My first seminary teacher was a geeky guy who was nice enough but had no control over the class. I don't remember much about that year other than the spectacular fights and arguments between some of the students and this teacher's complete inability to maintain any semblance of discipline.
Things changed for my second year. My teacher was an FBI agent and had what I believe they call "command presence." You didn't mess with this guy. He wasn't very big but he was tough. One of the wrestlers in the class tried to grab him one day and instantly hit the ground howling in pain and clutching his arms around his lower legs. It seems that the teacher had instantly responded by taking the heel of his dress shoes and scraping it down the guy's shin ending with a stomp on the arch of his foot. Ouch.
But this guy was also very charismatic and a good teacher. Not only was the class under control, but it was also interesting. But the only lesson he taught that I remember wasn't from a manual. For whatever reason the topic of adultery came up and I think that several students made several comments on what a terrible sin it was and how a person would have to be pretty awful person to cheat on their spouse. At that point he cautioned us. He told a story of a man who was excommunicated for adultery. This man was branded and ostracized by the members and judged very harshly while his wife received much sympathy and support. But the teacher related that we shouldn't be so quick to judge. He knew this man and the details of his home life and he felt that if everyone knew the whole story that they'd feel compassion for the man and would feel little or no sympathy for the wife. He didn't give any more details, but I trusted his character and his judgment of the situation. It taught me that things are not always as they seem and that we should be careful about judging without knowing the details. It also hit a personal note with me since life inside my home often had little resemblance to the public image presented by our church-going, devout family.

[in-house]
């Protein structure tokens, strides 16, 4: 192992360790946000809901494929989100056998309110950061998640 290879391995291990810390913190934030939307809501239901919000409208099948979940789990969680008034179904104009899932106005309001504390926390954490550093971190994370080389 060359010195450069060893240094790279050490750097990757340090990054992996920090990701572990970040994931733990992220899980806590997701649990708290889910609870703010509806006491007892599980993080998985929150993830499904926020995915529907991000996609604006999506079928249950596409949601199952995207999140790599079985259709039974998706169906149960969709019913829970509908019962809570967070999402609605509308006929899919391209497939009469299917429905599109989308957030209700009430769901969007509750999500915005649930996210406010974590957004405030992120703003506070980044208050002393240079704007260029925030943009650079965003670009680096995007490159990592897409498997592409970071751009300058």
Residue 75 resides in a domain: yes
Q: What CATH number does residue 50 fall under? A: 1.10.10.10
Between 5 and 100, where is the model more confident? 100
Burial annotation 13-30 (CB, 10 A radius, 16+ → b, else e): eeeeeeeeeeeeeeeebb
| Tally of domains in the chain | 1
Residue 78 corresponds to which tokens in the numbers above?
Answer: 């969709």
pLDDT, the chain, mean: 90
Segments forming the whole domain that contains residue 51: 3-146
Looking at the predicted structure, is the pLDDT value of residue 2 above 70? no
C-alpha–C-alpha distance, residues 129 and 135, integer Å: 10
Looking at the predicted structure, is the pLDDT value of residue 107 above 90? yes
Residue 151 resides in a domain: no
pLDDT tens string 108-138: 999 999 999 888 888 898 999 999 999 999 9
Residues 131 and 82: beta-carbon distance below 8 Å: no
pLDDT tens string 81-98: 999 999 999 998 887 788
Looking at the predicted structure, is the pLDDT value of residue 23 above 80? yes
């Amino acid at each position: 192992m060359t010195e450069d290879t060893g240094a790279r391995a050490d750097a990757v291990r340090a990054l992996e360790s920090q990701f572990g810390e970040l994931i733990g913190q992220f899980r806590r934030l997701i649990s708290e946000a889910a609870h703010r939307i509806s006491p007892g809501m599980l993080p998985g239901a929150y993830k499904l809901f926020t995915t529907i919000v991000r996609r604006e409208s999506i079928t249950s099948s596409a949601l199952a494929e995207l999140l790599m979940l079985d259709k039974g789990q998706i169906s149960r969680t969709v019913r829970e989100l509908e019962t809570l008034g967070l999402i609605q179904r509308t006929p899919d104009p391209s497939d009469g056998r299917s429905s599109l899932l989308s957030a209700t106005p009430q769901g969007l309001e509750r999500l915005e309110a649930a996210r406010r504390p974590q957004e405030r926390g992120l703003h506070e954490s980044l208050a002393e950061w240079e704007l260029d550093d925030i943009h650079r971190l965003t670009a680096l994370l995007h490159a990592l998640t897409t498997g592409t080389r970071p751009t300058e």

I suppose that there can be a lot of reasons for infidelity and divorce, but they aren't all selfish ones. Some marriages are just unsuccessful and disfunctional and the divorce is just the ultimate, outward manifestation that the marriage was broken. Outsiders and sometimes even family members may have had little knowledge about the marriage relationship and how well it was working.
Sorry if that didn't make much sense. I wrote it because of a post on another blog where a child lost all respect for a father after he divorced her mother. The comments seemed to be quite ready to judge the father harshly and blame it on selfishness. I don't know the details, so maybe she was right to feel that way. But I wonder what was going on in his life to cause him to end a long relationship and take such a drastic step. I wonder how long the parents lived in an unhappy or unfulfilling marriage. I wonder how long it is good to continue a marriage for the kids. It's such a complex subject and there can be so many circumstances and issues. It's not always about selfishness and I don't think it's always wrong to get a divorce.